POOL holders approved PTIP-69: Polygon Uniswap V3 WETH/POOL Liquidity, which gave the TWG approval to manage 25k POOL and 6525 GTC, which was swapped for ETH, to be used to create liquidity on Uniswap V3 on the Polygon network.
This proposal was passed on 19 April 2022, and below is a review of our Uniswap V3 POL experiment.
What follows is a review of the positions, performance, and conclusions. This post is the first of a three part series, which will cover:
- Performance and review
- POL management protocols, potential strategies
- POL Considerations and next steps
Funding, Creating Positions
The 6525 GTC was sold for 12.77 WETH, which was then bridged to Polgyon.
Three ranges were created, which I’ll define below:
TWAP Protection Range (103979)
- Initial POOL: 249.9999
- Initial WETH: 0.19233996
- Initial POOL: 9999.99
- Initial WETH: 4.43105
Narrow Range, In-Range (104040)
- Initial POOL: 14579.29
- Initial WETH: 8.155693
The TWG members created these three ranges to (1) establish best practices by establishing a TWAP protection range that makes it more difficult to manipulate the price via a TWAP attack; (2) establishing a wider range that allows for liquidity if the price of POOL increases or decreases in ETH value significantly so adequate liquidity remains for trading; and (3) a narrow range to provide deeper, efficient liquidity ticks to facilitate larger trades.
The three ranges that we set never had to be adjusted, and all remain in-range, despite a decrease in the USD value. This is the benefit of pairing tokens with ETH: DeFi tokens tend to move in tandem with ETH, even if ETH outperforms on a longer time horizon. Poolers can review the POOL/WETH pool on Uniswap V3 to review the pool metrics as well.
Pairing POOL with WETH on Polygon ensured that deep liquidity was available for WETH/TKN pairs, and there were days when trading volume on Polygon (Uni V3) exceeded trading volume for POOL on Uni V2 (Ethereum).
Overall, the Polygon Uni V3 positions allowed for trades between $3k to $5k with minimal difference in slippage as compared to Uni V2 on mainnet.
When liquidity was first deployed, the Uni V3 TVL was $81.61k and declined until mid-June where it began to stabilize around ~$38k to $39k. From 29 April to 16 July, the Uni V3 POOL/WETH pool saw a total of $202,904.16 trade volume, with an average daily volume of $2,568.41.
The positions earned ~0.18 WETH and ~319.53 POOL, which was claimed on 18 July. These claimed fees were used to increase liquidity on the Narrow Range (104040).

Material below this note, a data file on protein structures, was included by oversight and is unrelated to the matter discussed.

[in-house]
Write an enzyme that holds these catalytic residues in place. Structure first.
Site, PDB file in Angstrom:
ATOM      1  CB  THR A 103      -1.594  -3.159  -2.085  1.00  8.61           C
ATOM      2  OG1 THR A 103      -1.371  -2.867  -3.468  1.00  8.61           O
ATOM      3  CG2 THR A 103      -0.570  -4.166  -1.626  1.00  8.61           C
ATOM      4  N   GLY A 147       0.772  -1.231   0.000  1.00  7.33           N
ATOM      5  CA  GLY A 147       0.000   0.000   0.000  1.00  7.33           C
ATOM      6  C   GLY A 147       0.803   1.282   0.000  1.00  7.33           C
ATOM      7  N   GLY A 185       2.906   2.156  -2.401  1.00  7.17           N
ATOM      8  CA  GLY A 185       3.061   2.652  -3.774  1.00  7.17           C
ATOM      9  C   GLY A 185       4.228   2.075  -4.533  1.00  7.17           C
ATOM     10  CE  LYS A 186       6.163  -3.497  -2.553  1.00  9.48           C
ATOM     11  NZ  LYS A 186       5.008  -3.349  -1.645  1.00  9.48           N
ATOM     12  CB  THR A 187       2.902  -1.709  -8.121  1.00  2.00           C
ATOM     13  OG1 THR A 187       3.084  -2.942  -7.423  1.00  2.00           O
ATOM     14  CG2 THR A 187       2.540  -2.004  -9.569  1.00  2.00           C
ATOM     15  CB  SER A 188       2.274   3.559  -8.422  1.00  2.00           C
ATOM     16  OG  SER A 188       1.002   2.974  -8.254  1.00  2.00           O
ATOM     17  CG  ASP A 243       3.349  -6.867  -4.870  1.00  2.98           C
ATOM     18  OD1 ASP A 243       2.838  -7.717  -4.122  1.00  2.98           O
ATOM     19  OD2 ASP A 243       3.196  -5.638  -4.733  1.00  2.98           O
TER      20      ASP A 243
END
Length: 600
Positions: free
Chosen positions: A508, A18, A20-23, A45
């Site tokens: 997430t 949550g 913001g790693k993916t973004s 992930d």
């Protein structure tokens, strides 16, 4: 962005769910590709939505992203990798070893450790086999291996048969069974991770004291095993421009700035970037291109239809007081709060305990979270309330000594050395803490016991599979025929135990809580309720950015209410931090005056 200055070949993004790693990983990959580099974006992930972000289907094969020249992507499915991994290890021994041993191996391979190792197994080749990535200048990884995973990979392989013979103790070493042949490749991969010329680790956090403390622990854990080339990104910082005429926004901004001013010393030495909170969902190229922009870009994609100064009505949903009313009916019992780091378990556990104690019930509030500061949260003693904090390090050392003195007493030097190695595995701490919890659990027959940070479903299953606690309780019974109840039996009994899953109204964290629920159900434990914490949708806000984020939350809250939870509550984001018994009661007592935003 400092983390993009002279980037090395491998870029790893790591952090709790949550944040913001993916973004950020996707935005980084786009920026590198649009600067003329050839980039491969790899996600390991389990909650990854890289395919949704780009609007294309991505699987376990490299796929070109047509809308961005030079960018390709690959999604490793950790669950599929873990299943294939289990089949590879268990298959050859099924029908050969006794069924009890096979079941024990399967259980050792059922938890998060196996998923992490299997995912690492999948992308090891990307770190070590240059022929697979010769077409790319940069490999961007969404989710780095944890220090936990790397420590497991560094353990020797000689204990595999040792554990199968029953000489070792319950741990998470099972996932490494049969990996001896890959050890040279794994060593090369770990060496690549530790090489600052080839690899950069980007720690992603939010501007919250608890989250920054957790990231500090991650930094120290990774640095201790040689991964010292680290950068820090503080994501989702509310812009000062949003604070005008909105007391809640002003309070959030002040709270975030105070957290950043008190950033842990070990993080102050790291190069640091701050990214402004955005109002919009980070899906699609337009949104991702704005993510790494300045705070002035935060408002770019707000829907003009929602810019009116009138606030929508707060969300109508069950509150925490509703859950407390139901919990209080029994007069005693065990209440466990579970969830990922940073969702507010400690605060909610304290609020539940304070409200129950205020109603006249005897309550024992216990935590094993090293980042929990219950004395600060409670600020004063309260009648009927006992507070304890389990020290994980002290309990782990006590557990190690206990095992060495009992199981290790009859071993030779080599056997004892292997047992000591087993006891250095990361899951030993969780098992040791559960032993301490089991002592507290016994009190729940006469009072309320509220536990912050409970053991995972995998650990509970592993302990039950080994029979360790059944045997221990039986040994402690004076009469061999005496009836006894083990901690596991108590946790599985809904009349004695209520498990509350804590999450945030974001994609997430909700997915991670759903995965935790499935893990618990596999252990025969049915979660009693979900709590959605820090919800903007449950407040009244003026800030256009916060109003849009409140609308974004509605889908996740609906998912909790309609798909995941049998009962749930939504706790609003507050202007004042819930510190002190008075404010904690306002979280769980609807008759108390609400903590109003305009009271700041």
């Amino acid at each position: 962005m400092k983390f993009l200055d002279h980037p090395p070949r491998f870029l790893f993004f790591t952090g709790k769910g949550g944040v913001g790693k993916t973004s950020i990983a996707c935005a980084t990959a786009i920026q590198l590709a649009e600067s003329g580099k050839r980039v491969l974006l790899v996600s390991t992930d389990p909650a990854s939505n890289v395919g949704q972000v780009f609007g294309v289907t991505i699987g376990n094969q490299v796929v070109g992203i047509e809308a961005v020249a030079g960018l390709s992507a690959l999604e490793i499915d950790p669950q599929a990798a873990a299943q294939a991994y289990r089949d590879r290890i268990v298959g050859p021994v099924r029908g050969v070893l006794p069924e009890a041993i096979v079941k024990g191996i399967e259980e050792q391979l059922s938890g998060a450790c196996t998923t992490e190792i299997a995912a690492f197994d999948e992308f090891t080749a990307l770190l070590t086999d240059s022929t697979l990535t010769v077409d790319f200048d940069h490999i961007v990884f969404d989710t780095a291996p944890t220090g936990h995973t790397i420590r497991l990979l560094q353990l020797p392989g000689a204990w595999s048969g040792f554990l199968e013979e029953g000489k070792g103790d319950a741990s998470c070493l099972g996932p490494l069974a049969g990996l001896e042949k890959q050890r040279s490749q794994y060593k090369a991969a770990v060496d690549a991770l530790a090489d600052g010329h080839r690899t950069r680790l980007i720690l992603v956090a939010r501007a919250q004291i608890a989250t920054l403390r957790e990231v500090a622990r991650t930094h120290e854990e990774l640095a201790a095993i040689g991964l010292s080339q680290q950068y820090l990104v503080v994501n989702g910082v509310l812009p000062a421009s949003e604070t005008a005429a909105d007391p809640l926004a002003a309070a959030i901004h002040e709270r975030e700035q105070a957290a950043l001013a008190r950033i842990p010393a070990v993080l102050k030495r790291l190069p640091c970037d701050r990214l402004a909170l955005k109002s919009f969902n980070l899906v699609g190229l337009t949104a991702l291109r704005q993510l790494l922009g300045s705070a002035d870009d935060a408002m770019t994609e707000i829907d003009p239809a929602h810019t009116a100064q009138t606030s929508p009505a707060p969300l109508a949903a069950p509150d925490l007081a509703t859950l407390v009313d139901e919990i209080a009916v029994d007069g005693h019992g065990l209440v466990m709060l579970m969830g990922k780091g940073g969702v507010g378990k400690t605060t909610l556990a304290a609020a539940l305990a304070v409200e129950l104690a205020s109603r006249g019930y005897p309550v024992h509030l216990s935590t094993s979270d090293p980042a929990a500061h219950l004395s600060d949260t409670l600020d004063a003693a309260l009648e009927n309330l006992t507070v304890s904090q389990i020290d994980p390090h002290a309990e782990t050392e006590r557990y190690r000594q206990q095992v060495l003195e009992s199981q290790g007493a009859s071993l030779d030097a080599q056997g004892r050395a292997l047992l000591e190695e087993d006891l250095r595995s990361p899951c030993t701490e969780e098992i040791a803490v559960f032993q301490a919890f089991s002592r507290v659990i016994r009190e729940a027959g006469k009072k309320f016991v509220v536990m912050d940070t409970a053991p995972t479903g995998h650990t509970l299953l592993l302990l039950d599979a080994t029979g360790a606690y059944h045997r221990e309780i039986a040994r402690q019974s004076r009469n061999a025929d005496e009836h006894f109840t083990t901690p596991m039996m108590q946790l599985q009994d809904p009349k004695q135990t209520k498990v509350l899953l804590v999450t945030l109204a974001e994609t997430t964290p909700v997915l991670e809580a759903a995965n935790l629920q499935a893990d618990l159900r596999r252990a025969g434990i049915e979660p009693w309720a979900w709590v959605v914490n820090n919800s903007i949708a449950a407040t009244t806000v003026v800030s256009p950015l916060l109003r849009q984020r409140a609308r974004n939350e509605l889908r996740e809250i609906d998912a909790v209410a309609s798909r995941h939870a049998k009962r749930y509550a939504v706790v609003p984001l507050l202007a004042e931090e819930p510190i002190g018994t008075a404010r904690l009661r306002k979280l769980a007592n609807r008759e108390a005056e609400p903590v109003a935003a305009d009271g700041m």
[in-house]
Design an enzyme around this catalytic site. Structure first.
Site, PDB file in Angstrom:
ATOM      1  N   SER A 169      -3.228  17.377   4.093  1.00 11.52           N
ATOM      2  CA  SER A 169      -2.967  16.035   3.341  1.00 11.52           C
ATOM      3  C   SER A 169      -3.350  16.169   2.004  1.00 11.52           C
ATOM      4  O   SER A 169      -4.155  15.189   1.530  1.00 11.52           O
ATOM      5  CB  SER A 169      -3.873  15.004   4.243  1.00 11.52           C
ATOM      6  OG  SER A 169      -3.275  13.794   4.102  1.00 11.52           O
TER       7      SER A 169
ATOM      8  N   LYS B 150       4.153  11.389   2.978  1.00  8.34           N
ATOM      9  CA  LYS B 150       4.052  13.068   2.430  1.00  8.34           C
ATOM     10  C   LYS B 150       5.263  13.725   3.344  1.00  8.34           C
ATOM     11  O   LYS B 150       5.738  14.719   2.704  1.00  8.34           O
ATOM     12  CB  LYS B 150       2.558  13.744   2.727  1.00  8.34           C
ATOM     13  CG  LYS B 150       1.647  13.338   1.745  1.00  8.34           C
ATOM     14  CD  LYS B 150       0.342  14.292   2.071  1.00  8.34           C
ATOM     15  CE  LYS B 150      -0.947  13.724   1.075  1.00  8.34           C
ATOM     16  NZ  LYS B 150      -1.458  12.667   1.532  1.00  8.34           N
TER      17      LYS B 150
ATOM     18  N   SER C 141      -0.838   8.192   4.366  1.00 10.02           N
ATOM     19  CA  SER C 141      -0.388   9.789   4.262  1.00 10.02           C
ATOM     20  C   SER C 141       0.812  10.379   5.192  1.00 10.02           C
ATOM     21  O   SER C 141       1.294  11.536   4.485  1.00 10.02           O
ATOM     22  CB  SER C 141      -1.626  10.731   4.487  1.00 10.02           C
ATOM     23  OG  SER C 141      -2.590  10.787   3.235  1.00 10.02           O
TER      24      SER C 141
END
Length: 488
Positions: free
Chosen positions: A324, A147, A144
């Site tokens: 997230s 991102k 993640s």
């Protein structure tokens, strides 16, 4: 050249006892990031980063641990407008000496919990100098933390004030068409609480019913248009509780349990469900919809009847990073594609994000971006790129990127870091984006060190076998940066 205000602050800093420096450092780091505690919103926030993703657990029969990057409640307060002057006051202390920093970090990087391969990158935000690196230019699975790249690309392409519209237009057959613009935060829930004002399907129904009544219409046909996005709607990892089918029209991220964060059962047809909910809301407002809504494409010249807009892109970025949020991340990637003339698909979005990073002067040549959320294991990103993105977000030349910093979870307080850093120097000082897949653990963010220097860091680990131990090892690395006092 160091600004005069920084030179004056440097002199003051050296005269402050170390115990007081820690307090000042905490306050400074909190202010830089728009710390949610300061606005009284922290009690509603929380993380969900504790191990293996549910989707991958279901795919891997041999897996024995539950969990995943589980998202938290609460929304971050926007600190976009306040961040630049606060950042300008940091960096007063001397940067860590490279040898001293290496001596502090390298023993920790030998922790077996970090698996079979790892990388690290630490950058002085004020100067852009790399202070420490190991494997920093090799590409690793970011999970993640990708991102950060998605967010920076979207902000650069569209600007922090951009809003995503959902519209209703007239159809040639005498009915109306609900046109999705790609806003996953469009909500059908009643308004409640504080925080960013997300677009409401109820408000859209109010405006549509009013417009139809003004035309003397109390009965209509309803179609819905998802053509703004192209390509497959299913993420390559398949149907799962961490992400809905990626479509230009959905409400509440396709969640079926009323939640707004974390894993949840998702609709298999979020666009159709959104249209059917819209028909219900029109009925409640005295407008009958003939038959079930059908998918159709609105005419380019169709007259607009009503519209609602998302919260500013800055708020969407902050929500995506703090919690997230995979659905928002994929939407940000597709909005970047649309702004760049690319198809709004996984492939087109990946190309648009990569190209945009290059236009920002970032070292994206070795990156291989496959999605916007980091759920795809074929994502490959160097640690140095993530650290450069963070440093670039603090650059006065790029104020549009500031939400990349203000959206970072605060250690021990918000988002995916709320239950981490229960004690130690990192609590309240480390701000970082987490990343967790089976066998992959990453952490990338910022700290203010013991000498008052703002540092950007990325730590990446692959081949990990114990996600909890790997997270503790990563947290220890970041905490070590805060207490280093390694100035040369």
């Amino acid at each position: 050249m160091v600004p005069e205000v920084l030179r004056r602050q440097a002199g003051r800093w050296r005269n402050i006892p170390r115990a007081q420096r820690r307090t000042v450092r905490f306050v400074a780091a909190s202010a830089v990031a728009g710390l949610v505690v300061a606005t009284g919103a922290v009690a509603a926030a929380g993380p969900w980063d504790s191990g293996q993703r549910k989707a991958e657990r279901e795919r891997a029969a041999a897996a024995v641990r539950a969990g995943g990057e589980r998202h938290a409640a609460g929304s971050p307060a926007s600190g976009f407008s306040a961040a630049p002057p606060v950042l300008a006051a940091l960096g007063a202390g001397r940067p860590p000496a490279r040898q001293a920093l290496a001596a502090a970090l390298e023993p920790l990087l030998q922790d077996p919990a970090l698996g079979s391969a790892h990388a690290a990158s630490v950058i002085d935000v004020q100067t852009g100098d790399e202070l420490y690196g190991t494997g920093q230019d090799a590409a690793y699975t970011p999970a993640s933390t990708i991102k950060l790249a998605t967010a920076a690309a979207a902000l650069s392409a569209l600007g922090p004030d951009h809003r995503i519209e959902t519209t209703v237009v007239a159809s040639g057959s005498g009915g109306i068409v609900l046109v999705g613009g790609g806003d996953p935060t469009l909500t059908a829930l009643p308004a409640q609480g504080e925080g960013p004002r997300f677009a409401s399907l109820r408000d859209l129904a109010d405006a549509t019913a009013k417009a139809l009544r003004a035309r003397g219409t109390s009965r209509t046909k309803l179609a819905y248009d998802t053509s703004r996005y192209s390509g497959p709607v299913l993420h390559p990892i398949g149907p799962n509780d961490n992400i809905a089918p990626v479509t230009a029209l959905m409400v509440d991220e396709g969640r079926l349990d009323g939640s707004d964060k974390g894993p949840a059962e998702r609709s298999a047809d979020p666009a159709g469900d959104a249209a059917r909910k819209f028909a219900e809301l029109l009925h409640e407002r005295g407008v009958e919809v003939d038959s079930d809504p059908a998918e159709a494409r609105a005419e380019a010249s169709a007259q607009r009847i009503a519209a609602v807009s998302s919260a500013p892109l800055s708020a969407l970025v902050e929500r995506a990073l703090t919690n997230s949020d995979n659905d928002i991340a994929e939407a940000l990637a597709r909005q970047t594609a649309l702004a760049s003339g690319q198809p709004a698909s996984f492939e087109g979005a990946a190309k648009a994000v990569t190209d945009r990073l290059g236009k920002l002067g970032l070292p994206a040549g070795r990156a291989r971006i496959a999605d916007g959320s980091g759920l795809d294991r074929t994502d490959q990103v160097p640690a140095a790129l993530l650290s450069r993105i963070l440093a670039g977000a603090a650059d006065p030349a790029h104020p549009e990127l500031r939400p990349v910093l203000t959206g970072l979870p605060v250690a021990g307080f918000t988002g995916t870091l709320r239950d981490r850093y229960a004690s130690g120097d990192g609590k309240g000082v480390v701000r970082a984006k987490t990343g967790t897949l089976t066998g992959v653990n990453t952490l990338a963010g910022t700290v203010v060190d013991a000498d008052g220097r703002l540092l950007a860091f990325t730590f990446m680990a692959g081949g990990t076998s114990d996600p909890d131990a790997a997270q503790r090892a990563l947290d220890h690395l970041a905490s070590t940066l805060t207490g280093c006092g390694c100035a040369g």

If you’re interested in review the data in more detail, you can review the data sets I compiled in this PoolTogether | POL Review sheet. To keep this post more concise, I’ve created charts to represent key performance metrics, comparisons.
Positions as of 16 July
Uni V3 is far more efficient than Uni V2 and presents an opportunity for our community to established deep, efficient liquidity that enables larger trades with less slippage. The size of trade sampled for slippage was limited to 3500 POOL, as any sum greater resulted in Uniswap’s auto-router to slip the transaction across Uni v2 and Uni v3 on mainnet.
From the data the TWG has collected, it’s clear that Uni V3 presents the greatest opportunity to manage POL, but there are certain considerations that POOL holders need to evaluate before moving forward. Most of these considerations will follow in the next post, but I’ll share one unanticipated conclusion we reached after deploying liquidity on Uni V3 Polygon.
On days when trading volume was high on Uni V2 (mainnet), we saw higher trading on Uni V3 (Polygon) as well. This is due in part to the price difference that results when the price of POOL differs across Uniswap markets. MEV bots bridged POOL to Polygon and their subsequent swaps accounted for larger trade volume on certain days, which almost always resulted in POOL sell pressure to balance the price to that of POOL price on Uni V2 (mainnet) market.
If POL is strategically deployed at scale on different networks, then larger trade volume will be required to move the price enough to create such cross-chain arbitrage opportunities, but this does have implications for managing liquidity across networks.
Overall, the TWG was happy with the results of the Uni V3 (Polygon) POL experiment. We look forward to the community’s review and comment on our findings.
The Part 2 post will be shared on the forum later next week, after I have time to evaluate Arrakis and Liquity’s Chicken Bonds.
Next Steps for POL on Polygon
As outlined in our previous proposal, the TWG indicated we would provide analysis and poll the community on next steps for the Uni V3 ranges on Polygon. The community can decide to keep the POL active on Polygon under the management of the TWG or signal that the TWG should withdraw the liquidity, bridge back to mainnet, and return the funds back to the Governor Alpha contract (PoolTogether Treasury).
- Keep POL active on Uni V3 Polygon, give TWG discretion to continue management
- Withdraw liquidity from ranges and return the funds to the treasury